Hop Along Hang On
How do you take back a story you didn’t know was yours? How do you move forward while embracing and understanding your past? Follow Rose the rabbit on a journey as she seeks her way back home. A poetic story of reclamation, recovery and reconciliation by Métis spoken word artist Cobra Collins.
“Hop Along Hang On” blends the genres of spoken word poetry, music and animation to explore and acknowledge the deeper history and long-term effects of the removal of culture within Indigenous peoples of Canada. Through the narrator’s personal lens “Hop Along, Hang On” offers a glimpse into the difficulties and trauma surrounding the Sixties scoop and subsequent ongoing hardships faced by Indigenous people who have found themselves on the outside of their culture. Let Rose tell you how she found her way home, in hopes that we can all build a better tomorrow, together.
Official Selection, American Indian Film Festival, 2020
San Francisco, California
Nominated – Best Animated Short, American Indian Film Festival, San Francisco, California
Official Selection, Red Nation International Film Festival 2020, Los Angeles, California
Best Short Narrative, Black Hills Film Festival, 2020, Hill City, South Dakota
Maoriland Film Festival, 2021
Calgary International Film Festival 2021
Director Cobra Collins
Cobra Collins (She/Her) is a Métis poet of significant height based in Mohkinstsis (Calgary) – Treaty 7 Territory.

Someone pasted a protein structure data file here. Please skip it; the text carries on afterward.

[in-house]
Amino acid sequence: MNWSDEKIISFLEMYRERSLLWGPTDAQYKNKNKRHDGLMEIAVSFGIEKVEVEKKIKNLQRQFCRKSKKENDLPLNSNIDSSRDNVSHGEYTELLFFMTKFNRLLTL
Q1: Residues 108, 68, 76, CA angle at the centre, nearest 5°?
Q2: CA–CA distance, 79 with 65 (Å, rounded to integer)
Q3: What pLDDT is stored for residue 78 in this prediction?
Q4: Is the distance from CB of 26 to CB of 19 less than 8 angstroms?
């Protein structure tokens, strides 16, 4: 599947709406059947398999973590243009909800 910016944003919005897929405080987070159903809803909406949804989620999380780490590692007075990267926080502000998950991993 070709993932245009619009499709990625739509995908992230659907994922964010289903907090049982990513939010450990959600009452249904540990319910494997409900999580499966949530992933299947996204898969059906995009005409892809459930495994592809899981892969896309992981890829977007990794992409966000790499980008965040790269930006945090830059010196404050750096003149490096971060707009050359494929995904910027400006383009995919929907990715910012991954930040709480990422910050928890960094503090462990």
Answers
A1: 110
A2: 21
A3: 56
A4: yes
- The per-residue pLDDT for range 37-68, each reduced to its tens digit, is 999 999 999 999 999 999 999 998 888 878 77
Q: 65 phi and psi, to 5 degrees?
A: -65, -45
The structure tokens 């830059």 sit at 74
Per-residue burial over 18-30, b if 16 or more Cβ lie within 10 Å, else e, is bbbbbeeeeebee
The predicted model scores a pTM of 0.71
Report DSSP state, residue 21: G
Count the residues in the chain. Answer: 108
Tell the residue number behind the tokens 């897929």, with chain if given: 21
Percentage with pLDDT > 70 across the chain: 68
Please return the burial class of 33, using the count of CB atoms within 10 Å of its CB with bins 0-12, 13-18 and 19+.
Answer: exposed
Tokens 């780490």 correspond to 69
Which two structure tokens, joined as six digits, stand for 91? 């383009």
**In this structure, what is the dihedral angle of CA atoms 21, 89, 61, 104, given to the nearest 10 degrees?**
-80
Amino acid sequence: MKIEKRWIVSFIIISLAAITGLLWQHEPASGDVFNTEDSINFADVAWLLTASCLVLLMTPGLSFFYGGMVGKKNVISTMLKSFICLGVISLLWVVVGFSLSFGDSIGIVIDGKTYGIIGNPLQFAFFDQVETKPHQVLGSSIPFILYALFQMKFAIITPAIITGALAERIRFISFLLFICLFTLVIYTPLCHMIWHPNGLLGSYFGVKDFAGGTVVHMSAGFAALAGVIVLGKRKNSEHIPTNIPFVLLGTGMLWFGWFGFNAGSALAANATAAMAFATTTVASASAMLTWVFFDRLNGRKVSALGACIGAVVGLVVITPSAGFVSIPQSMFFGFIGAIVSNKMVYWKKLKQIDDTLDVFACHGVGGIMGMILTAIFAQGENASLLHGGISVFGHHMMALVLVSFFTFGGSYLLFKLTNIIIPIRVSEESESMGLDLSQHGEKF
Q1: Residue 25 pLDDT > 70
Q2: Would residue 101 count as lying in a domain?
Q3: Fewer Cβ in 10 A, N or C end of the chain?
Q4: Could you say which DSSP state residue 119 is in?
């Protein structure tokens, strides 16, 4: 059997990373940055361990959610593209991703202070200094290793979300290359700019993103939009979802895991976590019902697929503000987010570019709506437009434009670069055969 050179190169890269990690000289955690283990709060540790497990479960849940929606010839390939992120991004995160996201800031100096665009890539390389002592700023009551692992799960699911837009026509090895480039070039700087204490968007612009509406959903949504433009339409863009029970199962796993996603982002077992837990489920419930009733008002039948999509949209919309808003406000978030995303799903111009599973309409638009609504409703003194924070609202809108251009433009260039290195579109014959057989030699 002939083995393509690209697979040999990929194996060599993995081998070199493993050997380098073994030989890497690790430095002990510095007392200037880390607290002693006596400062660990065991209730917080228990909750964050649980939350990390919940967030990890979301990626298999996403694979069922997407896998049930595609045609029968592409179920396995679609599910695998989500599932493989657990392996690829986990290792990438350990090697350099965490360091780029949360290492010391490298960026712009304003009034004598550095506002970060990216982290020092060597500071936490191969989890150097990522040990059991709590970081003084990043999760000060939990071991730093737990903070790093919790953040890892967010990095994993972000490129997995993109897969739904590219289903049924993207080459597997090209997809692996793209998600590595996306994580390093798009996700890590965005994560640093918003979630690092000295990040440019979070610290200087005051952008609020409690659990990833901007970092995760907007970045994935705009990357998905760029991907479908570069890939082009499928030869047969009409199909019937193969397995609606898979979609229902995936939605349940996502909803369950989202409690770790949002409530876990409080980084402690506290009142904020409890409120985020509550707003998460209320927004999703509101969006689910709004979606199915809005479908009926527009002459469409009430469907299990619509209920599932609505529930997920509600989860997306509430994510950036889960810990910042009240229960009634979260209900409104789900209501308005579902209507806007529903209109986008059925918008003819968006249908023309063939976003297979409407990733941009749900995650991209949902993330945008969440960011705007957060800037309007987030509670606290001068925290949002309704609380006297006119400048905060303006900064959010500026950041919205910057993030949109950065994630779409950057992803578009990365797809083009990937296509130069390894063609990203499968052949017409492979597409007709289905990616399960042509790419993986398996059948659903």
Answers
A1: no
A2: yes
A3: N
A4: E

Cobra was the captain and coach of Calgary’s 2015 and 2016 Slam team, representing our city on a national level at the Canadian Festival of Spoken Word and was a member of Calgary’s Inkspot Spoken Word Collective, home of Calgary’s official poetry Slam.
Cobra has participated in several Nationwide Spoken Word festivals, as well as collaborated with artists of different backgrounds for dance (Fluid Movements Arts Festival) and performance festivals (IKG 1 ! Live Performance Festival). Cobra was honoured to be shortlisted as a nominee for Calgary’s 2016 & 2018 poet laureate. Above all things, Cobra truly believes that our words can change us.
How and why you are creating this film
I collaborated with several artists of different disciplines and CAOS (Calgary Animated Objects Society) to create a short film that tell a very personal story of my adoption and the effects of being removed from my Indigenous culture, while also showing the parallels felt by a larger community; those of which are still trying to reconnect with their traditional ways of knowing following the 60’s Scoop and the subsequent and ongoing over representation of Indigenous people in the foster care system.
I hope by telling my story in a unique and engaging way, I can open up a dialogue between Indigenous and settler cultures, where we can discuss the importance of learning from our history. I believe the root of this work and reconciliation starts at an educational level. The Canada Learning Bond (CLB) provides need financial assistance in this process and I value the opportunity to make these resources more accessible.